The United States Supreme Court, in Unicolors, Inc. v. H&M Hennes & Mauritz, L.P., a recent 6-3 decision, found that innocent legal errors in copyright applications do not preclude copyright holders from taking advantage of the safe harbor provision of the Copyright Act, which protects registrants from having their copyrights invalidated due to inadvertent errors. The Court’s ruling therefore made clear that such errors in copyright applications—including both mistakes of law and mistakes of fact—will rarely be the basis for invalidation.
This issue made its way to the Supreme Court by way of a dispute between Unicolors, a Los Angeles based fabric and design company, and H&M, the Swedish retailer and fast fashion brand. Unicolors originally filed suit in 2016 for copyright infringement, alleging that H&M used Unicolors’ copyrighted geometric design on several of its garments without authorization. In turn, H&M contested the validity of Unicolors’ copyright registration, which purported to cover 31 different designs under one registration. When the district court rejected H&M’s contest following a jury verdict in favor of Unicolors, H&M appealed to the Ninth Circuit.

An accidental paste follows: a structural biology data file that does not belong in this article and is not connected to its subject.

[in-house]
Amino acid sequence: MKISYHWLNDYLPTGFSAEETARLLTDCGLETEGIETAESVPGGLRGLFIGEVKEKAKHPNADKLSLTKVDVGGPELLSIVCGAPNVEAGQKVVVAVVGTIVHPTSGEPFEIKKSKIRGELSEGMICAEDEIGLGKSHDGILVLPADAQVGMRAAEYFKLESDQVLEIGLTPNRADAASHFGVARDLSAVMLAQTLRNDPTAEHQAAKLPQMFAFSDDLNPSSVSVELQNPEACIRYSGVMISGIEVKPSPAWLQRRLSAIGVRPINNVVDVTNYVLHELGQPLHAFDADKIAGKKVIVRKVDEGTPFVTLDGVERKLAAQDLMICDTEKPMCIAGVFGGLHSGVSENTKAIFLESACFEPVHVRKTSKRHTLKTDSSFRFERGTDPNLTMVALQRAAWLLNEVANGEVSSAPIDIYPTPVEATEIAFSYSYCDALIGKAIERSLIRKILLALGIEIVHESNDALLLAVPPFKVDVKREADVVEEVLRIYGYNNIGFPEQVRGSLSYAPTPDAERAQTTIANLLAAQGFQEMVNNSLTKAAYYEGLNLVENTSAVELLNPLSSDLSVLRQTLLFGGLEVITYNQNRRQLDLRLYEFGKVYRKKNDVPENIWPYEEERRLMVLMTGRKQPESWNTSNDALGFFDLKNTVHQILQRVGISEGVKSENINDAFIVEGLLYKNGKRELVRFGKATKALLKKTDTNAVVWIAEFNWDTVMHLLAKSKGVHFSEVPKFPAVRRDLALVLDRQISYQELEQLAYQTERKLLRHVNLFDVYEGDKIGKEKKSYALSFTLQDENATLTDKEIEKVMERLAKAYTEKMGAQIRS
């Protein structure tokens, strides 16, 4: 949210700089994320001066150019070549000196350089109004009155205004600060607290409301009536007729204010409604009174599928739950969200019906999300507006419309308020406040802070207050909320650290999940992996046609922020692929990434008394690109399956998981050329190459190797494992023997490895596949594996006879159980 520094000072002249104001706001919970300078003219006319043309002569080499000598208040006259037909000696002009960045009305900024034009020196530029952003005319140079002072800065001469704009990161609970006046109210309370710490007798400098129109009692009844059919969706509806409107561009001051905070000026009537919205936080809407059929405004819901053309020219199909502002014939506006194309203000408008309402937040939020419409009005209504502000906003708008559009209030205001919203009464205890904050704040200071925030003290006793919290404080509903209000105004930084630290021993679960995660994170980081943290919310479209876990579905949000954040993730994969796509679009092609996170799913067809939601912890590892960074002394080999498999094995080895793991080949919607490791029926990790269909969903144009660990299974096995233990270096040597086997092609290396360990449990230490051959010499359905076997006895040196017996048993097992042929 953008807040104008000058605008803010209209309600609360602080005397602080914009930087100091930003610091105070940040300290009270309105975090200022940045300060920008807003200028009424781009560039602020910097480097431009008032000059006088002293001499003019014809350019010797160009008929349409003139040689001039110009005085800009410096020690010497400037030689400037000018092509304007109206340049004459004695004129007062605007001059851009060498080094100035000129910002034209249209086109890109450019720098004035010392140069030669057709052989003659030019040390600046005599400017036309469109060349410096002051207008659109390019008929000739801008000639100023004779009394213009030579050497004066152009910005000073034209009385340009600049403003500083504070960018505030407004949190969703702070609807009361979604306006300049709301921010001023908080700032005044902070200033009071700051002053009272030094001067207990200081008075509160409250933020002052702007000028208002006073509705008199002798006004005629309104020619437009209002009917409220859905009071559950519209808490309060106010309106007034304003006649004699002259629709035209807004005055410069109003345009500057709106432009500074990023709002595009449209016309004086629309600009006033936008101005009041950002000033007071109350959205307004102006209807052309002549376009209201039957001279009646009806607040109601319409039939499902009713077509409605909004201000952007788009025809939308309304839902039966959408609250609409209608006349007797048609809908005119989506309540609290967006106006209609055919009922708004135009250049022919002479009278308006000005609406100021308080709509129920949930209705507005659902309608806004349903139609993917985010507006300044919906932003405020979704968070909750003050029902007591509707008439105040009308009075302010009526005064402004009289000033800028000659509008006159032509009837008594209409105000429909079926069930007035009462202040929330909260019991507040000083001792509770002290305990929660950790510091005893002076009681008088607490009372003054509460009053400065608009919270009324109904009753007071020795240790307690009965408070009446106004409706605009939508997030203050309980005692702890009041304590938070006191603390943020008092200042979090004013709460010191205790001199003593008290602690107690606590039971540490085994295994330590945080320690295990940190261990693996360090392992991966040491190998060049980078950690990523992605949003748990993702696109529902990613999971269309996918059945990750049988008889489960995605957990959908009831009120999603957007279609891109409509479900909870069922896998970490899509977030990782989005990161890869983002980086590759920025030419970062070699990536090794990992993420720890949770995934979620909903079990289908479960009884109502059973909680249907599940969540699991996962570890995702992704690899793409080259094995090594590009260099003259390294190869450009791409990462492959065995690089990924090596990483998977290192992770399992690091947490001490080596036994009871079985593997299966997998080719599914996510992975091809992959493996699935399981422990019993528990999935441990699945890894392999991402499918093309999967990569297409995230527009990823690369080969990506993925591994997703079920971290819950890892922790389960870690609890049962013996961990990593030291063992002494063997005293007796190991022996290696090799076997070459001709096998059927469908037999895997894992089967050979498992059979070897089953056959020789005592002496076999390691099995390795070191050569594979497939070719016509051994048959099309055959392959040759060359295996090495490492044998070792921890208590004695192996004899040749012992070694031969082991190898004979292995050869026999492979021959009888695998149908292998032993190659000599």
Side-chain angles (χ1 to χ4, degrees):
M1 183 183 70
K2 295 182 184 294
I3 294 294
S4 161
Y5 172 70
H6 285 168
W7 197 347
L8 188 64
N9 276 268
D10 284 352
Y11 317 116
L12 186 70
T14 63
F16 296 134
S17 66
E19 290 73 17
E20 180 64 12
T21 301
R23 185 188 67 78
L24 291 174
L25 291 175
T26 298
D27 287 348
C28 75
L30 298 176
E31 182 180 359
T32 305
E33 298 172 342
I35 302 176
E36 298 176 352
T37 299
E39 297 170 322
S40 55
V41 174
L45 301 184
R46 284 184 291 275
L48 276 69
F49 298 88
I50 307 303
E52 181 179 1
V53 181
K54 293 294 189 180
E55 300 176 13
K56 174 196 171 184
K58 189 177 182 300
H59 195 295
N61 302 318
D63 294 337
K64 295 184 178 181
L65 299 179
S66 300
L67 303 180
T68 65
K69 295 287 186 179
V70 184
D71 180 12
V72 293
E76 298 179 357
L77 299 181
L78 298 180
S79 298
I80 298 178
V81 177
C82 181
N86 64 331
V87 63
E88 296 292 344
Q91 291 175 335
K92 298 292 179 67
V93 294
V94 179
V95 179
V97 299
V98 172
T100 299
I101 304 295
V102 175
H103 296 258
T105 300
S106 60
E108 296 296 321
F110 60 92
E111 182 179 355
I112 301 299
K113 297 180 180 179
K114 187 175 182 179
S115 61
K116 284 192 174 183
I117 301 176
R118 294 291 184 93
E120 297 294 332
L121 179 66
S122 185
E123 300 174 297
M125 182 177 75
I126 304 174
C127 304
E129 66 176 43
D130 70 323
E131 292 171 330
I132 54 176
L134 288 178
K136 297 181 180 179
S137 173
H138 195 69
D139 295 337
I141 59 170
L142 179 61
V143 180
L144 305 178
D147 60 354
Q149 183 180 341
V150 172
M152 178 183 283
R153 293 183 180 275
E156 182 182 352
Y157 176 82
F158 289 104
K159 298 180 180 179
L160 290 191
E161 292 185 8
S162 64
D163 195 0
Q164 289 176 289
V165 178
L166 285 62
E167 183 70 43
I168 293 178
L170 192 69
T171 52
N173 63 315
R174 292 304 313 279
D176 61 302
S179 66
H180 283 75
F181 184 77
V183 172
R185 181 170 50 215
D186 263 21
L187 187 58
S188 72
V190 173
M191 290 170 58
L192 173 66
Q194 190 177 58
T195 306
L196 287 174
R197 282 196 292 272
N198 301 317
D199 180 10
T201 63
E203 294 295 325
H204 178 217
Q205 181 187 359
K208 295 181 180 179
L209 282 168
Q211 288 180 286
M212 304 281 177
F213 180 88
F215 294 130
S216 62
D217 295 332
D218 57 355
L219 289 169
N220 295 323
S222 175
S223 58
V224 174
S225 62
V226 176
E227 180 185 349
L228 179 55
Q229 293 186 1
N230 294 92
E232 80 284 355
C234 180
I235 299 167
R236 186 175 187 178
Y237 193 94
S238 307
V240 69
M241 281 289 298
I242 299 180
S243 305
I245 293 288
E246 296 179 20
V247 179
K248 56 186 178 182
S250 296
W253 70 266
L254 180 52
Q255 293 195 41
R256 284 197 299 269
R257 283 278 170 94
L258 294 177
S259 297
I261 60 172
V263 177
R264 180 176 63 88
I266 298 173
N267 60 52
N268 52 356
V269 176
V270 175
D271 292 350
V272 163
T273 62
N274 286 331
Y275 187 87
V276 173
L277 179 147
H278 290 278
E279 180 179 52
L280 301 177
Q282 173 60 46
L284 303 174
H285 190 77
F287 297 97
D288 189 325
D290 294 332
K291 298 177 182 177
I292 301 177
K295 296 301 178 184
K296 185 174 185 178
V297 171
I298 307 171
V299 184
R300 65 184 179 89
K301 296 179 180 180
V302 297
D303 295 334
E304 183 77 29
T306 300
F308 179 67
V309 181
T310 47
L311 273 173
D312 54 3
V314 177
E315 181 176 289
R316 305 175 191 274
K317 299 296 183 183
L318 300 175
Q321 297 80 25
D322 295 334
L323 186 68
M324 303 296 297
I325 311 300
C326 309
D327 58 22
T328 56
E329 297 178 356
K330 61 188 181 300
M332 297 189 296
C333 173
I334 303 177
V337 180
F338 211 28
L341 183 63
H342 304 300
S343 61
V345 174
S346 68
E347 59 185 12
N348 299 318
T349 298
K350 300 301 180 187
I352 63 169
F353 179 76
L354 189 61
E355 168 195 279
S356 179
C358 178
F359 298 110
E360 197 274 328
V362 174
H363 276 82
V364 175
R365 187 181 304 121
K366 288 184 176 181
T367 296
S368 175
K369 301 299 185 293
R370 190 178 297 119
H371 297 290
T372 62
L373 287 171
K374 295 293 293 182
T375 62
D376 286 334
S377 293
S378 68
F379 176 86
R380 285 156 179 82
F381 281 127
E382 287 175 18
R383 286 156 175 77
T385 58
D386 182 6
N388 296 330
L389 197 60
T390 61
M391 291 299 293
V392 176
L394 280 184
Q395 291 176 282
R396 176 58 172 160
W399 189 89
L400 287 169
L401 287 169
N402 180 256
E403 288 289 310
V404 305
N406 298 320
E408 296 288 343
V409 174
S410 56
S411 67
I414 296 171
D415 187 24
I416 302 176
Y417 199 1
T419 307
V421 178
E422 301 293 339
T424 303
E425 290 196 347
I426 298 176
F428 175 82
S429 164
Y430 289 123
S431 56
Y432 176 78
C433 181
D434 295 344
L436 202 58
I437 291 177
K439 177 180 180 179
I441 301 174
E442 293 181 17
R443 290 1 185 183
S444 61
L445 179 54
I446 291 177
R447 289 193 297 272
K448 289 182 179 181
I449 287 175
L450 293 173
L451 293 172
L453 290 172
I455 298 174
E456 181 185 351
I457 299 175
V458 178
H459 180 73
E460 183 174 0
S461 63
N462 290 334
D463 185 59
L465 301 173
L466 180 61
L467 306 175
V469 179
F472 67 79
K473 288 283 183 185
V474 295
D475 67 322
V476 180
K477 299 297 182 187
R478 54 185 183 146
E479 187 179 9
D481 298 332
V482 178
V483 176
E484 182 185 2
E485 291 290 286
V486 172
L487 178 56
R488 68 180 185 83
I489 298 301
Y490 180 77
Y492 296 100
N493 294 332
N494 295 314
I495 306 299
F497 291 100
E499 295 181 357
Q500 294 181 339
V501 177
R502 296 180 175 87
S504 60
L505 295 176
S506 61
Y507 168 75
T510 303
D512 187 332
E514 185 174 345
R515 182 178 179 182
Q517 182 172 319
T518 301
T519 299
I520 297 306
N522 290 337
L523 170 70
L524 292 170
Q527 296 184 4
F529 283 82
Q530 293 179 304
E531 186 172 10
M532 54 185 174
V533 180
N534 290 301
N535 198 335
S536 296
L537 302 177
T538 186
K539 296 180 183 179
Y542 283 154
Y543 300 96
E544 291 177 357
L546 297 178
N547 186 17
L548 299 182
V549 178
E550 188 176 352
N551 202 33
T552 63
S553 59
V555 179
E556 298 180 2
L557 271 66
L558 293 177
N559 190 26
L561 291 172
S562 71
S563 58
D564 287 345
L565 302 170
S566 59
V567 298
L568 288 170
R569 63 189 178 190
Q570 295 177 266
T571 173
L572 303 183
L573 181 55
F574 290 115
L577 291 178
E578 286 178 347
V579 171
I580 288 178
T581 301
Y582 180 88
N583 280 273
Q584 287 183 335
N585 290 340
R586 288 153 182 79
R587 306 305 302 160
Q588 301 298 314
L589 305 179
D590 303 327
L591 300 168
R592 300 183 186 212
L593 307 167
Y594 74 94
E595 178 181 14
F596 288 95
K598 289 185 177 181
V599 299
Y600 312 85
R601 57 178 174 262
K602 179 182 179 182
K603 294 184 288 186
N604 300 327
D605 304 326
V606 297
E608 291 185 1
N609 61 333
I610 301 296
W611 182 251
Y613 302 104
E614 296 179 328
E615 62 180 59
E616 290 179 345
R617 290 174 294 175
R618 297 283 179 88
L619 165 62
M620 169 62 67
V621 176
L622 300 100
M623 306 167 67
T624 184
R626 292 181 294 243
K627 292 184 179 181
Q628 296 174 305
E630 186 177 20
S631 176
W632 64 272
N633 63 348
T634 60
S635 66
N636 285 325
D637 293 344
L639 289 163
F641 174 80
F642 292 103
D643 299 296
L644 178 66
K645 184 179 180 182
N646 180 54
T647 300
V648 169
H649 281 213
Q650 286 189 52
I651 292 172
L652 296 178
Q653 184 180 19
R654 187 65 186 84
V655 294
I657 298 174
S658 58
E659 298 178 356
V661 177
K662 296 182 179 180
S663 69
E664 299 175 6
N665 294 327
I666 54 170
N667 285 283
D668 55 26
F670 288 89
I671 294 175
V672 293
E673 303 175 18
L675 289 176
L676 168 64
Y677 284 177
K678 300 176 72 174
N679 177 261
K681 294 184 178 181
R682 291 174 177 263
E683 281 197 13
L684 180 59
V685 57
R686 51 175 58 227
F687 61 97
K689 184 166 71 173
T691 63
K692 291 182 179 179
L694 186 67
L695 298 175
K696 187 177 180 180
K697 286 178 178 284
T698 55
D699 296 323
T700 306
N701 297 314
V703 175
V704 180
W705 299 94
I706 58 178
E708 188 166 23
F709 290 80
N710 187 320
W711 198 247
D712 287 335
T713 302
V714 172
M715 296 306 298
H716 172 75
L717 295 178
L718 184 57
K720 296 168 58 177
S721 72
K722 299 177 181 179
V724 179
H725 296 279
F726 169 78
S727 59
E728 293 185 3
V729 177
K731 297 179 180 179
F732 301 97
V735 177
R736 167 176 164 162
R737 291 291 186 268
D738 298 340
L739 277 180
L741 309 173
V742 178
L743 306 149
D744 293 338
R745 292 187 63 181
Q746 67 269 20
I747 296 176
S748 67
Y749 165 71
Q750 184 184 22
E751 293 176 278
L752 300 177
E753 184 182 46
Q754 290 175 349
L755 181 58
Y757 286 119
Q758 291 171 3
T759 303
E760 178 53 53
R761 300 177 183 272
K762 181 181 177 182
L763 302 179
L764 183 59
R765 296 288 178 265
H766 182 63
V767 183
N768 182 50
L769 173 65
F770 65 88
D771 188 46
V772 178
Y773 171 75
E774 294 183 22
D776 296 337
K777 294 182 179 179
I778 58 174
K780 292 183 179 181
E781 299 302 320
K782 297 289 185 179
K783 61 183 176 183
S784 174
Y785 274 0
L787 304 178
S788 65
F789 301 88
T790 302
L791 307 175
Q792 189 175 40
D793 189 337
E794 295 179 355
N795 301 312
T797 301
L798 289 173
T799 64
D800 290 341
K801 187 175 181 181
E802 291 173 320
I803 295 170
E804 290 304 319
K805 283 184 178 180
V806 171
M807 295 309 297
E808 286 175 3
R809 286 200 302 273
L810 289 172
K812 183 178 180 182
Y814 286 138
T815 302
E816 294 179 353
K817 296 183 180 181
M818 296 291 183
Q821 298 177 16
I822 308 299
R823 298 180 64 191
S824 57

The Ninth Circuit overturned the verdict, finding that, in order to register multiple works under one copyright application, the registrant must publish those works as a single, bundled collection, which Unicolors failed to do. The Ninth Circuit also found that, even if Unicolors’ mistake was an inadvertent legal error, the safe harbor provision of the Copyright Act only excuses good-faith mistakes of fact, not law, and that Unicolors’ copyright could therefore be invalidated as a result of its mistake.
The Supreme Court expressed sympathy for copyright applicants, noting that creators, such as “novelists, poets, painters, designers, and others without legal training,” have to grapple with the complexities of the Copyright Act in order to gain copyright protection of their works. Given these complexities, the Court found that creators should not be punished for inadvertent legal errors in their applications. In other words, the Court disagreed with the Ninth Circuit and found that the safe harbor provision does not distinguish between mistakes of law and mistakes of fact.
The recent decision is a big win for copyright holders nationwide. However, the Court also made clear that the safe harbor provision leaves no room for willful blindness. Thus, despite the fact that the Court’s ruling on its face appears to expand copyright protections to artists who frequently prepare and file applications without counsel, it also functions as a reminder to proceed with caution in doing so.